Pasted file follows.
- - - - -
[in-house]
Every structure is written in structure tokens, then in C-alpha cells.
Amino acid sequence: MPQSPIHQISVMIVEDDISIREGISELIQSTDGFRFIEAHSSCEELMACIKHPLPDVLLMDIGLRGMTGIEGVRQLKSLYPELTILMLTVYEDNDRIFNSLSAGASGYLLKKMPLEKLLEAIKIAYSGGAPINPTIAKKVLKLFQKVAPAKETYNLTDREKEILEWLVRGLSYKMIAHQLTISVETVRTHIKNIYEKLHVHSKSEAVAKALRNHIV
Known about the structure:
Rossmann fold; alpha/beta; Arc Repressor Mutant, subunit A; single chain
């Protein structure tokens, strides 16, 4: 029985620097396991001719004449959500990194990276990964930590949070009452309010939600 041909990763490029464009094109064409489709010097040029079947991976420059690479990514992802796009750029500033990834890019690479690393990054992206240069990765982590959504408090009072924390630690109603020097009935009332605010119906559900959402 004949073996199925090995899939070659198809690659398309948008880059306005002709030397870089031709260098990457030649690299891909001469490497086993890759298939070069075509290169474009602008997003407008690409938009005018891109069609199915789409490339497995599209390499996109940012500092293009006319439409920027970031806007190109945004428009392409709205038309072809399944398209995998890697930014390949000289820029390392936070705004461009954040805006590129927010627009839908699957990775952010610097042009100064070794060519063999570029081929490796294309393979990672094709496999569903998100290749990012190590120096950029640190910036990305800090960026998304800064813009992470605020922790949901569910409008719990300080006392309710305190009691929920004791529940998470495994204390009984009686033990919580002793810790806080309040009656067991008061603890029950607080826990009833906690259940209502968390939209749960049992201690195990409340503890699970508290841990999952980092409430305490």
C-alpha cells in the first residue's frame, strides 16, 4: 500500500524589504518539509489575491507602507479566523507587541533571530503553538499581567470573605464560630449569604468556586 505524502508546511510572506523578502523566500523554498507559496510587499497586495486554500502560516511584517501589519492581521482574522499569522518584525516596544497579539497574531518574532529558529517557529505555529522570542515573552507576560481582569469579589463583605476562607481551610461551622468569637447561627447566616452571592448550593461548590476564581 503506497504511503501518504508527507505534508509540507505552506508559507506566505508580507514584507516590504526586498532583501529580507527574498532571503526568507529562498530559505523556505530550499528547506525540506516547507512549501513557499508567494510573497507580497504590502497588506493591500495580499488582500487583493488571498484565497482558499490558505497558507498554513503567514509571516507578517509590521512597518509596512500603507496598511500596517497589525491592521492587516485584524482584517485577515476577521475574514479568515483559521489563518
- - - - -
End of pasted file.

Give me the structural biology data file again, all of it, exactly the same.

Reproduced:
[in-house]
Every structure is written in structure tokens, then in C-alpha cells.
Amino acid sequence: MPQSPIHQISVMIVEDDISIREGISELIQSTDGFRFIEAHSSCEELMACIKHPLPDVLLMDIGLRGMTGIEGVRQLKSLYPELTILMLTVYEDNDRIFNSLSAGASGYLLKKMPLEKLLEAIKIAYSGGAPINPTIAKKVLKLFQKVAPAKETYNLTDREKEILEWLVRGLSYKMIAHQLTISVETVRTHIKNIYEKLHVHSKSEAVAKALRNHIV
Known about the structure:
Rossmann fold; alpha/beta; Arc Repressor Mutant, subunit A; single chain
């Protein structure tokens, strides 16, 4: 029985620097396991001719004449959500990194990276990964930590949070009452309010939600 041909990763490029464009094109064409489709010097040029079947991976420059690479990514992802796009750029500033990834890019690479690393990054992206240069990765982590959504408090009072924390630690109603020097009935009332605010119906559900959402 004949073996199925090995899939070659198809690659398309948008880059306005002709030397870089031709260098990457030649690299891909001469490497086993890759298939070069075509290169474009602008997003407008690409938009005018891109069609199915789409490339497995599209390499996109940012500092293009006319439409920027970031806007190109945004428009392409709205038309072809399944398209995998890697930014390949000289820029390392936070705004461009954040805006590129927010627009839908699957990775952010610097042009100064070794060519063999570029081929490796294309393979990672094709496999569903998100290749990012190590120096950029640190910036990305800090960026998304800064813009992470605020922790949901569910409008719990300080006392309710305190009691929920004791529940998470495994204390009984009686033990919580002793810790806080309040009656067991008061603890029950607080826990009833906690259940209502968390939209749960049992201690195990409340503890699970508290841990999952980092409430305490």
C-alpha cells in the first residue's frame, strides 16, 4: 500500500524589504518539509489575491507602507479566523507587541533571530503553538499581567470573605464560630449569604468556586 505524502508546511510572506523578502523566500523554498507559496510587499497586495486554500502560516511584517501589519492581521482574522499569522518584525516596544497579539497574531518574532529558529517557529505555529522570542515573552507576560481582569469579589463583605476562607481551610461551622468569637447561627447566616452571592448550593461548590476564581 503506497504511503501518504508527507505534508509540507505552506508559507506566505508580507514584507516590504526586498532583501529580507527574498532571503526568507529562498530559505523556505530550499528547506525540506516547507512549501513557499508567494510573497507580497504590502497588506493591500495580499488582500487583493488571498484565497482558499490558505497558507498554513503567514509571516507578517509590521512597518509596512500603507496598511500596517497589525491592521492587516485584524482584517485577515476577521475574514479568515483559521489563518